PwC in the News: Testing the Waters with a Representative Office

By David Ong, Tax Director and Ailbhe Horgan, Senior Manager at PwC Services LLP, Company Fiduciary & Administration Services

This article was contributed and first published in The Business Times on 11 July 2012.

After setting up a Representative Office, a foreign company has 3 years to decide if it wants a permanent presence here.

SINGAPORE is ranked the easiest place to do business; it is ranked first in the world as the city with the best investment potential; it has the best business environment in Asia Pacific and worldwide; it is the fourth easiest place in the world for paying taxes. These features together with many other accolades make Singapore an extremely attractive location for businesses.

Yet, it is quite typical that many foreign companies will want to put a toe in the water and get to know Singapore better before taking the plunge and setting up a permanent presence to do business in and from Singapore.

It is for this reason that International Enterprise (IE) Singapore introduced the Representative Office (RO) concept, to allow foreign investors to test the water.
The intention has always been that an RO is a temporary arrangement for businesses to assess the viability of setting up a permanent establishment in the Republic. An RO, though, must confine its activities strictly to conducting market research and feasibility studies. IE Singapore has a list of allowable and non-allowable RO activities - a list written in plain, unambiguous language.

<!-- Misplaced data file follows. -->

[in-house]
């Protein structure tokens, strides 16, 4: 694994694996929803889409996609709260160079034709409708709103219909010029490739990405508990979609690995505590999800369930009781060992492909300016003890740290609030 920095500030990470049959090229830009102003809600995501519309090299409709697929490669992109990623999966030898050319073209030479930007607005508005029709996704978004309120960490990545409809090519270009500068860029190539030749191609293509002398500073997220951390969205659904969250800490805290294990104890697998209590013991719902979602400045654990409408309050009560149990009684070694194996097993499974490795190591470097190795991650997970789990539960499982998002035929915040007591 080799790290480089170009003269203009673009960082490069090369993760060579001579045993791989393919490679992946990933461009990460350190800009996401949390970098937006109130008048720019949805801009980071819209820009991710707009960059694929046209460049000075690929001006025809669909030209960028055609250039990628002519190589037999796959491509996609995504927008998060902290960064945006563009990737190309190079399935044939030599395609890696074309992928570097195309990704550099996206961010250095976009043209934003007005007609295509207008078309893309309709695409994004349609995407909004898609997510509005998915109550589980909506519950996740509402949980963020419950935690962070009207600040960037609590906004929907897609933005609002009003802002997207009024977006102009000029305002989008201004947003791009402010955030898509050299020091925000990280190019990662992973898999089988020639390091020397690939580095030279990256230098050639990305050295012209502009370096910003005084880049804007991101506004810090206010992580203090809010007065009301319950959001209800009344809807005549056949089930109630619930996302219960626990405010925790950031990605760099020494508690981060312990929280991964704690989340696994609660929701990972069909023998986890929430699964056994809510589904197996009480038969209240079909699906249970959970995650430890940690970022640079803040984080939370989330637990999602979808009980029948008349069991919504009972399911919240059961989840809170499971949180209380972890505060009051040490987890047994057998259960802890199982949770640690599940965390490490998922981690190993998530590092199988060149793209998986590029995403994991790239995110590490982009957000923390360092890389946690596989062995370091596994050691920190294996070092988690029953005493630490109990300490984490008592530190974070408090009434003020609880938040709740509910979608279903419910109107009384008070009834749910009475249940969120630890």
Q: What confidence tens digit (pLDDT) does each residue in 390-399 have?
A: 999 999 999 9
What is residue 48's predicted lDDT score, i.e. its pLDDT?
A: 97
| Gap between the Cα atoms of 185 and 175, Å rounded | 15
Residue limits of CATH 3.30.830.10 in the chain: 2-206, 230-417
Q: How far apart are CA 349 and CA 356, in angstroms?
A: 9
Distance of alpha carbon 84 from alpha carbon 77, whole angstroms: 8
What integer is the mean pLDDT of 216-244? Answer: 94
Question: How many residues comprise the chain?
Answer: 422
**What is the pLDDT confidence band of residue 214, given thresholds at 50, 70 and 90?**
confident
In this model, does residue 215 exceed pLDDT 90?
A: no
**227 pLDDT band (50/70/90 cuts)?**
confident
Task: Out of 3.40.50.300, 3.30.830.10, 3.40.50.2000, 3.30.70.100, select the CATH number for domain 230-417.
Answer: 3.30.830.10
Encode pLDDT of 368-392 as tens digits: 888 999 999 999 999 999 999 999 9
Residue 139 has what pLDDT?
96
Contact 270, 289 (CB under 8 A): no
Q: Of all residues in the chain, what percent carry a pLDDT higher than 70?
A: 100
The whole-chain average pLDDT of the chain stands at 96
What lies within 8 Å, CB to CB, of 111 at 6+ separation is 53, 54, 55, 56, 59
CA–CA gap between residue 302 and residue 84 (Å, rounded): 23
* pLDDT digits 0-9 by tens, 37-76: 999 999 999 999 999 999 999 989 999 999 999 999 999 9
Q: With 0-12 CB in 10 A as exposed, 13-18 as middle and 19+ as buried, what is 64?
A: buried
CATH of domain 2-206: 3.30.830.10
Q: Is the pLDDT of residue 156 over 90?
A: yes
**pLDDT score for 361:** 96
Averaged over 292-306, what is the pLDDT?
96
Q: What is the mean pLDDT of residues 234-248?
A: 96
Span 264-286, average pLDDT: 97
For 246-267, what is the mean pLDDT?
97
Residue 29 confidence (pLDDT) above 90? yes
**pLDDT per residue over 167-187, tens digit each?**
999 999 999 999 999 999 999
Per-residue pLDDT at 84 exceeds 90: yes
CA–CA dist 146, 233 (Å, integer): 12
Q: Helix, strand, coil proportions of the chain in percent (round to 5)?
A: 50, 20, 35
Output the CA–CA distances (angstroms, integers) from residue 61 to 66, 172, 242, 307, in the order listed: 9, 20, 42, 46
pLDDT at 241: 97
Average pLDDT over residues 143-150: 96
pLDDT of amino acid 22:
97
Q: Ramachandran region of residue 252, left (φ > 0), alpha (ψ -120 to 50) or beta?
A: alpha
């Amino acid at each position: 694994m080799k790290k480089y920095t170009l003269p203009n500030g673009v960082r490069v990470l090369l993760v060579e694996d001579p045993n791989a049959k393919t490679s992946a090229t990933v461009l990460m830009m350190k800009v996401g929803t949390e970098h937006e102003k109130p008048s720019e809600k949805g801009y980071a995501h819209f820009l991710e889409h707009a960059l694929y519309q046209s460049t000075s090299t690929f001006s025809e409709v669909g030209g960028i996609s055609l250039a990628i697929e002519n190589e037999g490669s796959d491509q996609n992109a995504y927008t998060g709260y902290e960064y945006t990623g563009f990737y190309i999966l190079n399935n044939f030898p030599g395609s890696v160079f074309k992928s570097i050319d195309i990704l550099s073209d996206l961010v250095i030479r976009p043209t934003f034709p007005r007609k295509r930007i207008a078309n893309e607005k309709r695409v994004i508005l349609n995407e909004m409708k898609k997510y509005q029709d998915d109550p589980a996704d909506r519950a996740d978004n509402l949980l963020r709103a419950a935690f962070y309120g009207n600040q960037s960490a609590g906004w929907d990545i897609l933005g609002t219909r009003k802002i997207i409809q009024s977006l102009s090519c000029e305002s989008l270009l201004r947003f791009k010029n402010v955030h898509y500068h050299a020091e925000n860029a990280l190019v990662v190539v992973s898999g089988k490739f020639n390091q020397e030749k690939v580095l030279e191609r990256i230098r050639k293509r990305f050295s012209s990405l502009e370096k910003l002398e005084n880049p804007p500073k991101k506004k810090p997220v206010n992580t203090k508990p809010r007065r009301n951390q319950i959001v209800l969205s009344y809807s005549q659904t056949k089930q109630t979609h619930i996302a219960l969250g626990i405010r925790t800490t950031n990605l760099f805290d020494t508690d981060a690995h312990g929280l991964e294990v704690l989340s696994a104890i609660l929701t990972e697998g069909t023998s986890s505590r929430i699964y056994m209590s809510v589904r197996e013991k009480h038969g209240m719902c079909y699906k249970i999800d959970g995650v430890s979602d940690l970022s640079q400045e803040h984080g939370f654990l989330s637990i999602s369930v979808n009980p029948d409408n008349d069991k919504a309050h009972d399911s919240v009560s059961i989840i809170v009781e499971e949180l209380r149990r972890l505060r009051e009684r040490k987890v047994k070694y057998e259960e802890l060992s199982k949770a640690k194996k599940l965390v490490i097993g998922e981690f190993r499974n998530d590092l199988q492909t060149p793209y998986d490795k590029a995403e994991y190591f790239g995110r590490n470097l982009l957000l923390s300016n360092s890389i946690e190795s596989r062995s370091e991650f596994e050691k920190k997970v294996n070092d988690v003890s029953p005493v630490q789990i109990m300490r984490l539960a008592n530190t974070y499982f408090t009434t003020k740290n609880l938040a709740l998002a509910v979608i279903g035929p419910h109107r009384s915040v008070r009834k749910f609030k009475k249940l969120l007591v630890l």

For a start, it is relatively easy to register an RO with IE Singapore, for a small processing fee of only S$200. The RO will have to undertake that it will comply with the terms and conditions stipulated by IE Singapore. The RO status is renewable annually and, in the past, ROs have been known to have their status renewed year after year (for many years in some cases).

However, it is now expected that an RO should operate in Singapore for a maximum of three years from its commencement date, provided that its RO status is renewed annually after evaluation by IE Singapore. It is felt that businesses should need a maximum of only three years to decide whether Singapore is the right location for them to do business.

Sometimes, for various reasons, IE Singapore may request that applicants undertake to incorporate a private limited company or to register a branch of a foreign company, after only one year as an RO.

Other criteria that RO applications must meet include the following:

  • The sales turnover of the foreign entity must be more than US$250,000
  • The number of years of establishment of the foreign entity must be three years or more
  • The proposed number of staff for the RO should be fewer than five.

There has been feedback from affected ROs, who have been asked to upgrade to either a Singapore incorporated company or a branch, that IE Singapore's requirements contradict the government's efforts to make the Republic an attractive location for businesses.